I’m 97% sure most CPA exam candidates are confused by the CPA exam’s psychometric scoring, either because it is supposed to be that way or they haven’t done their research. Either way, I once again got the chance to speak with John Mattar, Ed.D., Director of Psychometrics and Research and Mike Decker, Director of Operations and Development, both of the AICPA’s examinations unit. This time we focused on how the CPA exam is scored. Remember that most of this information is already available on the AICPA’s website, check out How the CPA Exam is Scored and the Psychometrics and Scoring section for more detailed, less sarcastic information than what you might find here. That being said, we appreciate John and Mike taking time to humor us anyway.
Of course, no discussion about how the exam is scored would be complete without rehashing last quarter’s somewhat tardy score release issue. John and Mike compared it to buying a new car but driving home in your old car, meaning scoring is going to be a broke down Toyota Tercel for just two more quarters but if you all can be patient, you’ll be spinning around town in that shiny new Lexus by December. “We’re doing everything we can to administer a quality exam, including communicating with candidates,” Mike told us. They also let us know that they will be using NASBA to push out timely information to candidates in the quarters ahead. See? Told you they were listening to candidates’ scoring concerns.
When talking about how the CPA exam is scored, it’s important to remember that candidates take different but equivalent exams. “It’s not possible to say what each testlet is worth because everyone is taking different exams,” said John. That being said, we did manage to get them to tell us that, contrary to popular belief, candidates are not compared to each other when they are scored. How do we know? While we still don’t know how many points each question is worth, John told us “we can say with 100% assurance if two different candidates get the same question, they will both get the same amount of points or credit for getting that question right.” This whole exam scoring thing is feeling less and less insidious by the minute, isn’t it?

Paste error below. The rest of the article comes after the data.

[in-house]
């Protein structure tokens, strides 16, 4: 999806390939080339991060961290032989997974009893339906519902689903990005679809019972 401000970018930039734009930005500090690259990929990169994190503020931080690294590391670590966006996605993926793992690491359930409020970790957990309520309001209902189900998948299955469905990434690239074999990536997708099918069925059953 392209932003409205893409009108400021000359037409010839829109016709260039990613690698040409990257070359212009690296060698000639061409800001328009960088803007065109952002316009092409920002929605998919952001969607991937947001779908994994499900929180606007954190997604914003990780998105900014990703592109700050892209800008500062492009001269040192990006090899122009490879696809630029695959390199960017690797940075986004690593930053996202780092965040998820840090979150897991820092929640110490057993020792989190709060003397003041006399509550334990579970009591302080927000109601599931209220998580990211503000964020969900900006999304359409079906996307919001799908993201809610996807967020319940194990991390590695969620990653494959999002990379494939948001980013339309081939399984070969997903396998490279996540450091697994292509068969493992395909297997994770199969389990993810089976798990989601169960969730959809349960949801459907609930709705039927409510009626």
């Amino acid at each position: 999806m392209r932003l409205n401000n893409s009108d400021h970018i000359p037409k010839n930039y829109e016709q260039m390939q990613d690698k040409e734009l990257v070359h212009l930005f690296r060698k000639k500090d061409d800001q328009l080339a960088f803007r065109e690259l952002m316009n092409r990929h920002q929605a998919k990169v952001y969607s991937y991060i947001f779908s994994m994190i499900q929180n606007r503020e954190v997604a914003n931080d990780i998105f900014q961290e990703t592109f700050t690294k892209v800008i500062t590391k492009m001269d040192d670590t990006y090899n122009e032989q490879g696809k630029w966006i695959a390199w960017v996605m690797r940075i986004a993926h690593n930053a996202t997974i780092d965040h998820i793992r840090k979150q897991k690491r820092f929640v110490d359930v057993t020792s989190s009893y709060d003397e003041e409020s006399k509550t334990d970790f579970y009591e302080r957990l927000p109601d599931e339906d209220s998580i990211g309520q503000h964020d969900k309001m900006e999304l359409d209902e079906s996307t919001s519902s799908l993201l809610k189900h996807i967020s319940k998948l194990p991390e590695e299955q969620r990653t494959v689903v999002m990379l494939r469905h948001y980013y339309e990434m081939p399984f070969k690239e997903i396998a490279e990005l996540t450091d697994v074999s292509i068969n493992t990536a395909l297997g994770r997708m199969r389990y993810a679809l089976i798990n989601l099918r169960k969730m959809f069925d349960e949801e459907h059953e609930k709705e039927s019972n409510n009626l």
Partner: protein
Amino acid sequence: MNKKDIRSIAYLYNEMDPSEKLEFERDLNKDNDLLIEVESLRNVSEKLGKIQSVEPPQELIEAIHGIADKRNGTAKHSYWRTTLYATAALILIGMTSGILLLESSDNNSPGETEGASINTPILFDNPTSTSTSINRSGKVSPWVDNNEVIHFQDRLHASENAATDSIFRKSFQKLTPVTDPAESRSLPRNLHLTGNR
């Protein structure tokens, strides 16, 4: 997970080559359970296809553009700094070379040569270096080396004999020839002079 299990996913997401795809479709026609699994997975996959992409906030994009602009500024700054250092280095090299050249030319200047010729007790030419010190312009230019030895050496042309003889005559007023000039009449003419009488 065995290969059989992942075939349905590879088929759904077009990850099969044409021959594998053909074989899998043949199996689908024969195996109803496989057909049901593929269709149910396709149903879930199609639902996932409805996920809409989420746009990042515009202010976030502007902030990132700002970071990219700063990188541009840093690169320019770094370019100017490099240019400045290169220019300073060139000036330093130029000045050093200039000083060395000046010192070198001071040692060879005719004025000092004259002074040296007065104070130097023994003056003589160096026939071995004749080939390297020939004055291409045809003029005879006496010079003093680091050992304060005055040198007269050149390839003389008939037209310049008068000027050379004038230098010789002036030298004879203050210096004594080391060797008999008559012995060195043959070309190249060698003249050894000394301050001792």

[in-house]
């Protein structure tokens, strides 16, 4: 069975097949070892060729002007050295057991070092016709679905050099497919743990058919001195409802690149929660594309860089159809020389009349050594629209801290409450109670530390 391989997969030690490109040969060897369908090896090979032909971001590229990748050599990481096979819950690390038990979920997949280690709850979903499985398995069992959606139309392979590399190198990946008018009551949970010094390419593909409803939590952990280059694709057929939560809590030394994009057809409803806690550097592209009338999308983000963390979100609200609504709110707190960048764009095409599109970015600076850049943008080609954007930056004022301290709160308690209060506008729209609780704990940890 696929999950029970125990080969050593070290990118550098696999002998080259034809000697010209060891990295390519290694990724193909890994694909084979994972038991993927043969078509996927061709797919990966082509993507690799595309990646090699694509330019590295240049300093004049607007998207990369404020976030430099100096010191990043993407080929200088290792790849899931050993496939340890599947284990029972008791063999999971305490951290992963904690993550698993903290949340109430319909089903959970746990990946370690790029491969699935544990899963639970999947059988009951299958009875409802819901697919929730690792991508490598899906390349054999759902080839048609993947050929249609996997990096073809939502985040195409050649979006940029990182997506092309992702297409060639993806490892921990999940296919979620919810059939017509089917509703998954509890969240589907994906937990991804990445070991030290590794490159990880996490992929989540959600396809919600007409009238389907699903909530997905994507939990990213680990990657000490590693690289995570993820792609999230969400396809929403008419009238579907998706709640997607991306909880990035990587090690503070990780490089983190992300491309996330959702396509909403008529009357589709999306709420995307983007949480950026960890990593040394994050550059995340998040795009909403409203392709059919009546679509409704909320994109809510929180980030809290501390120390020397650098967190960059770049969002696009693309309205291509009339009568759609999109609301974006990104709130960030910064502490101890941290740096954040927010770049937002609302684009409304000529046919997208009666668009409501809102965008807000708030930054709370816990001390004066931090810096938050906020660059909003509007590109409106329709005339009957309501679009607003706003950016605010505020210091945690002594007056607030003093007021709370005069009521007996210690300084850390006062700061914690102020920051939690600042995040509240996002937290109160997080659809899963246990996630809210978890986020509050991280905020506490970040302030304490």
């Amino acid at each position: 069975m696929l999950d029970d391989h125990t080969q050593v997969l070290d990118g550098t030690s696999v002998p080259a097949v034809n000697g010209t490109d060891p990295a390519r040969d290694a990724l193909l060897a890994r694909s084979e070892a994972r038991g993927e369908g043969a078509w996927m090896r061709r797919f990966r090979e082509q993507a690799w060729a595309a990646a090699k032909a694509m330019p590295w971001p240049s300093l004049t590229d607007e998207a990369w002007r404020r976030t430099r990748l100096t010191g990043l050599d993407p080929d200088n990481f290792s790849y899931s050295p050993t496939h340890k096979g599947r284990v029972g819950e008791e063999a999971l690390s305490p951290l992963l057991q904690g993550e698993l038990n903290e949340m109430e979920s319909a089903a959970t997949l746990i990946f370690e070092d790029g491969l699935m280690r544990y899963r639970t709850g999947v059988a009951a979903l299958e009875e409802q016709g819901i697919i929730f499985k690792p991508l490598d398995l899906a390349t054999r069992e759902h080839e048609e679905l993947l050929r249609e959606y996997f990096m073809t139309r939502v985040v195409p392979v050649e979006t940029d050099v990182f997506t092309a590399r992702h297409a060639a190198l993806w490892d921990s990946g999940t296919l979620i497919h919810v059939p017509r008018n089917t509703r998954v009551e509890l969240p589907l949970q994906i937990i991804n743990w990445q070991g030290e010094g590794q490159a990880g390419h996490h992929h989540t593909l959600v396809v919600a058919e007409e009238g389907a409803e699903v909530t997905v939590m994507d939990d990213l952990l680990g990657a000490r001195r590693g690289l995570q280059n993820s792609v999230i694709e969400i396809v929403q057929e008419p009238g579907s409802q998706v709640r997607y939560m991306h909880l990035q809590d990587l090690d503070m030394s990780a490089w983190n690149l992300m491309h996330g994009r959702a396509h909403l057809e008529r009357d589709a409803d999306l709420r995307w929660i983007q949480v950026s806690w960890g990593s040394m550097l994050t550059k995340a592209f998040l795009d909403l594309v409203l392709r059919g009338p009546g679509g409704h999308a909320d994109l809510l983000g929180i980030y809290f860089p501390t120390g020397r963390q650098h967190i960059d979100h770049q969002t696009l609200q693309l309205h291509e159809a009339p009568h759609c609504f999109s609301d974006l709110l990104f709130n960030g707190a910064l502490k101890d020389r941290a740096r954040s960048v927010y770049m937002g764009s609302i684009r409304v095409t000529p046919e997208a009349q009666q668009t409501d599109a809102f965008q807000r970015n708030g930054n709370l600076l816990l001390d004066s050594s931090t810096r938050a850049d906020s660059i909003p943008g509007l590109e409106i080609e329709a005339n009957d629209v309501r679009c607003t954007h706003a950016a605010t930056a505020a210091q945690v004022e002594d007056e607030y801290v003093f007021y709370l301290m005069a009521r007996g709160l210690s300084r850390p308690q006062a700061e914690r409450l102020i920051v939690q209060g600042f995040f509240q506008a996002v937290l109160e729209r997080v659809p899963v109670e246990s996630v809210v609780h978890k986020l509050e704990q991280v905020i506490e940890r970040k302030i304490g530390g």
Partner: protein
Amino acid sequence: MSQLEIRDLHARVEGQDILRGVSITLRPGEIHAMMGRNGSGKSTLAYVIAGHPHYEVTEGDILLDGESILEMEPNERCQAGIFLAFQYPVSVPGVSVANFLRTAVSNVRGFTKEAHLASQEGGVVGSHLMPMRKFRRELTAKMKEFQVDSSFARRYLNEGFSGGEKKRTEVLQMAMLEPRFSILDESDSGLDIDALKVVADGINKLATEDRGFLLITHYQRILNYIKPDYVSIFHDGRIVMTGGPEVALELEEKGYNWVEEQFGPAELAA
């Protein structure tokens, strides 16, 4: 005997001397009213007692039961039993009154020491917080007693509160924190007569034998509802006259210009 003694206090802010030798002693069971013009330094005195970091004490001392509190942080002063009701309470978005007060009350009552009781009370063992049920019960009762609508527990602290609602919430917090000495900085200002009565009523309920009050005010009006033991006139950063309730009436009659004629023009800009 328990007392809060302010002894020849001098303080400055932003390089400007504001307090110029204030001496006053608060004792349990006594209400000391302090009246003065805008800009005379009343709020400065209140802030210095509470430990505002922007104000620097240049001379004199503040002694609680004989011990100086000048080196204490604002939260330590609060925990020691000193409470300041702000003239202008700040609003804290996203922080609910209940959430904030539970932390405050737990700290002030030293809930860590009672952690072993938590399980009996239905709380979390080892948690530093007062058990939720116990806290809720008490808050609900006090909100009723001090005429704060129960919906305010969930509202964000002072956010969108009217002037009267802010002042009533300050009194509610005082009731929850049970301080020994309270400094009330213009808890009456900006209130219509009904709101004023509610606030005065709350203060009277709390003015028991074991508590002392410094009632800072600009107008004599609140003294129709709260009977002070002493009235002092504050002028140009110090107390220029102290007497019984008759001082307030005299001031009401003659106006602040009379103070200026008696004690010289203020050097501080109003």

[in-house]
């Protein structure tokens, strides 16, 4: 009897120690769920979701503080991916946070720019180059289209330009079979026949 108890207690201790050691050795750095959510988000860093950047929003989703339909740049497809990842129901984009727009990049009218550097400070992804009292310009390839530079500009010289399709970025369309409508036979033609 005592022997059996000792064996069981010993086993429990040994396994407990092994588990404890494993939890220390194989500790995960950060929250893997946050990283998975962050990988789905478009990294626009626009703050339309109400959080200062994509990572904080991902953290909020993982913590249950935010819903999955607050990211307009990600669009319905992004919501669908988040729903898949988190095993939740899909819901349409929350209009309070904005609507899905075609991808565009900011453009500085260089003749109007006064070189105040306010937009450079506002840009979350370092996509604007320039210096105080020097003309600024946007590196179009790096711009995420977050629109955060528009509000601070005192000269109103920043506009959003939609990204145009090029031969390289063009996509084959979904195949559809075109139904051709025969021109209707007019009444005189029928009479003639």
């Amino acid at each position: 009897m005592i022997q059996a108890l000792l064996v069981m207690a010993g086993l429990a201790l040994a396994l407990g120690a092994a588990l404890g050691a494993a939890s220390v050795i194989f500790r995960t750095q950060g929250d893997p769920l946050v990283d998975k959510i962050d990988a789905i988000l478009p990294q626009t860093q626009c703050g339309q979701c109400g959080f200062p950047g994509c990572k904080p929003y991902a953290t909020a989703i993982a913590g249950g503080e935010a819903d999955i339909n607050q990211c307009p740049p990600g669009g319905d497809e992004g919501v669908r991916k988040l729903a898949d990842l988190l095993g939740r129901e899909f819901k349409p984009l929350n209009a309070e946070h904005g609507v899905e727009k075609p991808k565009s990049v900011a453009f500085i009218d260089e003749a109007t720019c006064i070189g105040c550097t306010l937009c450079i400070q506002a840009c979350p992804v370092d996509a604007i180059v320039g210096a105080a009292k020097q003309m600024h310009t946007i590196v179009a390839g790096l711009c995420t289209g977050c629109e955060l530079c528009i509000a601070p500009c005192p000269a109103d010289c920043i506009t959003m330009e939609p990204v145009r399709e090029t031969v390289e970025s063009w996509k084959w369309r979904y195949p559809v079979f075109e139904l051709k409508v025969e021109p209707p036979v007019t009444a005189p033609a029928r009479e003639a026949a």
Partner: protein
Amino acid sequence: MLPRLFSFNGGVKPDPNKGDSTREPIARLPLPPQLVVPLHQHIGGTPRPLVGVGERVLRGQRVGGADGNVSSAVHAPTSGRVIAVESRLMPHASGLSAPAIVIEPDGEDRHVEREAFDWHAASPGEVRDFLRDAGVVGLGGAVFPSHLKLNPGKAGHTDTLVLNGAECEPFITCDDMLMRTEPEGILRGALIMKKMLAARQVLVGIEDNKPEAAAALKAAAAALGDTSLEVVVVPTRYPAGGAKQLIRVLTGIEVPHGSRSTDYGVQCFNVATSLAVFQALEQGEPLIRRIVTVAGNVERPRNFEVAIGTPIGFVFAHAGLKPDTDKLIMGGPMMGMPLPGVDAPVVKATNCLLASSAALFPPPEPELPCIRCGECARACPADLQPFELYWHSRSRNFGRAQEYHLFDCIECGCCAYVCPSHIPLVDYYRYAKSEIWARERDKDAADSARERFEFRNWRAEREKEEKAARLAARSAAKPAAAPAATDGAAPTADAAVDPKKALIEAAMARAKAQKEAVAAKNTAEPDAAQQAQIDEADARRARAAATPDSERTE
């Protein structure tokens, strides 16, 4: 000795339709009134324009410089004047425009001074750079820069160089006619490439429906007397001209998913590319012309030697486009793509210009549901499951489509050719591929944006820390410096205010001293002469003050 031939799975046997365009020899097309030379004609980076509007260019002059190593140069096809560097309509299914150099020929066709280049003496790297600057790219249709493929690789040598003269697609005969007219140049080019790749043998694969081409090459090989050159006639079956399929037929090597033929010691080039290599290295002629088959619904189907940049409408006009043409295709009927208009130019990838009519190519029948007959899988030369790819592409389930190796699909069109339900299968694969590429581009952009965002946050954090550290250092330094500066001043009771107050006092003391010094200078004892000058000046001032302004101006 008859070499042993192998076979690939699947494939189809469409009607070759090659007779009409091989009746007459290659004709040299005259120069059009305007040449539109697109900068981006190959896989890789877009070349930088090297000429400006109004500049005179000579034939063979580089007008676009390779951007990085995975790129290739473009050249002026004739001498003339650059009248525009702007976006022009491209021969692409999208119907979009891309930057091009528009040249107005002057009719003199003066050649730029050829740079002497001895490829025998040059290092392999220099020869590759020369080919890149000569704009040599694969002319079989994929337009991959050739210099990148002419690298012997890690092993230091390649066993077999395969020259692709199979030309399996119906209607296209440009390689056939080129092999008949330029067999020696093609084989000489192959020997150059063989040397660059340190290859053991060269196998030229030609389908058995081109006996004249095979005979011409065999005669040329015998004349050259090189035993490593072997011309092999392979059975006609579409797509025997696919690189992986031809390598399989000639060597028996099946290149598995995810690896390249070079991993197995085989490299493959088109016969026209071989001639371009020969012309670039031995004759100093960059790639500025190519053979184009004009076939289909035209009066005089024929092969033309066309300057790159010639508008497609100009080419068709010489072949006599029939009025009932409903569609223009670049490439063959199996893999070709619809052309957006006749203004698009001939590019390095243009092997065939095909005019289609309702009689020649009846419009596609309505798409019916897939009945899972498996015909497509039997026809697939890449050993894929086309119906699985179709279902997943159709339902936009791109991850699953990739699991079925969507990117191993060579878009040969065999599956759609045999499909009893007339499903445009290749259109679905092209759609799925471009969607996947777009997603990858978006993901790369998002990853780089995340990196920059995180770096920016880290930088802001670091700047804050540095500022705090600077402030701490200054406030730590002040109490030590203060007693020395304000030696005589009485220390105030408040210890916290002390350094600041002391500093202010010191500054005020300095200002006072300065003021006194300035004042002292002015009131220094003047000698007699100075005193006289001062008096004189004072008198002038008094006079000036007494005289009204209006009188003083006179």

For the final time: the CPA exam is not graded on a curve, nor are you compared to everyone who did better than you, nor are you compared to everyone who showed up to Prometric that day or week or month. “The way the exam is scored, candidates are compared to a fixed ability level. They are not compared to each other. If in the next window candidates maybe aren’t as well-prepared, fewer people will pass. They are being compared to a fixed level of ability,” John told us. Twice. Just to make sure we all got it. Got it? Let’s go over it one more time (from the Scoring FAQs):
The CPA Examination is NOT curved. Every candidate’s score is entirely independent of other candidates’ Examination results.
The CPA Examination is a criterion-referenced examination which means that it rests upon pre-determined standards. Every candidate’s performance is measured against established standards to determine whether the candidate has demonstrated the level of knowledge and skills that is represented by the passing score. Every candidate is judged against the same standards, and every score is an independent result.
Are we clear on that? Awesome, moving on…
Pretest questions make up fifteen MCQ in AUD/FAR and twelve in REG/BEC, one task-based simulation in FAR, AUD and REG and one written communication in BEC. The problem with gaming this system is that you can’t, since you have no way of knowing which questions are pretest and which are operational. So just guess equally on all of them as if every single one counts, mmmkay? Pretest questions will resemble operational questions since they are testing whatever is in the Content Specification Outline, meaning IFRS wasn’t tested on a pretest basis last year. What this means for candidates is that nothing outside of the CSOs will EVER be pretested. Maybe not a life-changing piece of information but really useful to know if you are prone to asking “what should I be studying?” and are familiar with the CSOs.
So what’s with the score report you get when you fail that compares you to those who scored between 75 and 80 in that window? Why not compare you to the CPA exam superstars who pulled down 99s without breaking a sweat?
“If you compared [failing candidates] to people that got all the way up to 99, it’s not as useful,” John said. “We want the basis of comparison that is going to be the most meaningful to the people who failed and that group is those that got closest to passing. If I got a 62 and the comparison group includes all the people who got above 90, that isn’t going to help me as much. Most of the people who pass are between 75 – 80.”
While we appreciate the AICPA taking the time to speak with us, we feel it’s important to point out that, at the end of the day, they are the best source of information for candidates. Answers to most of your questions can be found on their website. If you’re having trouble finding something or have a specific question related to the CPA exam, get in touch and we’ll do our best to do the Googling on your behalf.